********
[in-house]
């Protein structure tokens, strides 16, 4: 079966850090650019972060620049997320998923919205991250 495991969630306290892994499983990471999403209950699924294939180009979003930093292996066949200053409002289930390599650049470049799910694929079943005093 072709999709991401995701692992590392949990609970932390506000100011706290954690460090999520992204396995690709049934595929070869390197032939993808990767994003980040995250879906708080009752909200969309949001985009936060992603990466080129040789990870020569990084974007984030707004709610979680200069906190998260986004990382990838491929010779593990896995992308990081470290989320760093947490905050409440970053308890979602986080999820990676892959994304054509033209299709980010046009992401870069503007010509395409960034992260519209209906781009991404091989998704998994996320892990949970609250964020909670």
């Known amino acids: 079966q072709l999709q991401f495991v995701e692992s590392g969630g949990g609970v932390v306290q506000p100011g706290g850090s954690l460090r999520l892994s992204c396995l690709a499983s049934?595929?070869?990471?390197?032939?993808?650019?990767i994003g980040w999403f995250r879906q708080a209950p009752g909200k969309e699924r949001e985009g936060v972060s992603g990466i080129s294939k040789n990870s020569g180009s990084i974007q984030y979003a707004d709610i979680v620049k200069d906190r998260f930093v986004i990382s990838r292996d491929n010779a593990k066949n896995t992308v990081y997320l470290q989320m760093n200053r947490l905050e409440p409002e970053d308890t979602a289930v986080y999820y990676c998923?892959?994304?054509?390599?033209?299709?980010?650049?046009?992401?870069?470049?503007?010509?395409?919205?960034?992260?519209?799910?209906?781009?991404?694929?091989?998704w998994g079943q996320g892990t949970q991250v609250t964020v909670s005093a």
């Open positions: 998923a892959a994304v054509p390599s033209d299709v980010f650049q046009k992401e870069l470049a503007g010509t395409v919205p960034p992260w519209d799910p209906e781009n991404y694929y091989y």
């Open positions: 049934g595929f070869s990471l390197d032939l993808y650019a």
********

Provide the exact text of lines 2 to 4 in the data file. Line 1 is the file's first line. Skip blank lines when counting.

């Protein structure tokens, strides 16, 4: 079966850090650019972060620049997320998923919205991250 495991969630306290892994499983990471999403209950699924294939180009979003930093292996066949200053409002289930390599650049470049799910694929079943005093 072709999709991401995701692992590392949990609970932390506000100011706290954690460090999520992204396995690709049934595929070869390197032939993808990767994003980040995250879906708080009752909200969309949001985009936060992603990466080129040789990870020569990084974007984030707004709610979680200069906190998260986004990382990838491929010779593990896995992308990081470290989320760093947490905050409440970053308890979602986080999820990676892959994304054509033209299709980010046009992401870069503007010509395409960034992260519209209906781009991404091989998704998994996320892990949970609250964020909670």
């Known amino acids: 079966q072709l999709q991401f495991v995701e692992s590392g969630g949990g609970v932390v306290q506000p100011g706290g850090s954690l460090r999520l892994s992204c396995l690709a499983s049934?595929?070869?990471?390197?032939?993808?650019?990767i994003g980040w999403f995250r879906q708080a209950p009752g909200k969309e699924r949001e985009g936060v972060s992603g990466i080129s294939k040789n990870s020569g180009s990084i974007q984030y979003a707004d709610i979680v620049k200069d906190r998260f930093v986004i990382s990838r292996d491929n010779a593990k066949n896995t992308v990081y997320l470290q989320m760093n200053r947490l905050e409440p409002e970053d308890t979602a289930v986080y999820y990676c998923?892959?994304?054509?390599?033209?299709?980010?650049?046009?992401?870069?470049?503007?010509?395409?919205?960034?992260?519209?799910?209906?781009?991404?694929?091989?998704w998994g079943q996320g892990t949970q991250v609250t964020v909670s005093a």
């Open positions: 998923a892959a994304v054509p390599s033209d299709v980010f650049q046009k992401e870069l470049a503007g010509t395409v919205p960034p992260w519209d799910p209906e781009n991404y694929y091989y």